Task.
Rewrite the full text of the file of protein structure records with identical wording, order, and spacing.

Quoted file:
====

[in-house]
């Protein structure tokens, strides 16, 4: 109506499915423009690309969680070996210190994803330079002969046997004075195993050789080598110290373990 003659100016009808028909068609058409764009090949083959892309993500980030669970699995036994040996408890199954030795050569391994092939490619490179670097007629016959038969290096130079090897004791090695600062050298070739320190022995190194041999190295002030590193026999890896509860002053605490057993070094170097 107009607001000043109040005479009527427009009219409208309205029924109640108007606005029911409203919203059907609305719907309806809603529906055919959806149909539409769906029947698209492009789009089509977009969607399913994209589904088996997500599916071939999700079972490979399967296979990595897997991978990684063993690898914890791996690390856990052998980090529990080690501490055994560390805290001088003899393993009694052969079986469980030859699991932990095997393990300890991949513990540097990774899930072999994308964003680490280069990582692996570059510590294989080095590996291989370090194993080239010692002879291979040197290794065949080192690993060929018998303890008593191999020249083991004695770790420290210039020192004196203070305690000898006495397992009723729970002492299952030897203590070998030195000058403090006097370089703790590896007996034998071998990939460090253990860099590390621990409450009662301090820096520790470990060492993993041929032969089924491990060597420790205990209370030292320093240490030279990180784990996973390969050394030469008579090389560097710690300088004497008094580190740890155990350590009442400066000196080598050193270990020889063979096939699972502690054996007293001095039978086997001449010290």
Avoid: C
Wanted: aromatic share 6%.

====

[in-house]
């Protein structure tokens, strides 16, 4: 109506499915423009690309969680070996210190994803330079002969046997004075195993050789080598110290373990 003659100016009808028909068609058409764009090949083959892309993500980030669970699995036994040996408890199954030795050569391994092939490619490179670097007629016959038969290096130079090897004791090695600062050298070739320190022995190194041999190295002030590193026999890896509860002053605490057993070094170097 107009607001000043109040005479009527427009009219409208309205029924109640108007606005029911409203919203059907609305719907309806809603529906055919959806149909539409769906029947698209492009789009089509977009969607399913994209589904088996997500599916071939999700079972490979399967296979990595897997991978990684063993690898914890791996690390856990052998980090529990080690501490055994560390805290001088003899393993009694052969079986469980030859699991932990095997393990300890991949513990540097990774899930072999994308964003680490280069990582692996570059510590294989080095590996291989370090194993080239010692002879291979040197290794065949080192690993060929018998303890008593191999020249083991004695770790420290210039020192004196203070305690000898006495397992009723729970002492299952030897203590070998030195000058403090006097370089703790590896007996034998071998990939460090253990860099590390621990409450009662301090820096520790470990060492993993041929032969089924491990060597420790205990209370030292320093240490030279990180784990996973390969050394030469008579090389560097710690300088004497008094580190740890155990350590009442400066000196080598050193270990020889063979096939699972502690054996007293001095039978086997001449010290």
Avoid: C
Wanted: aromatic share 6%.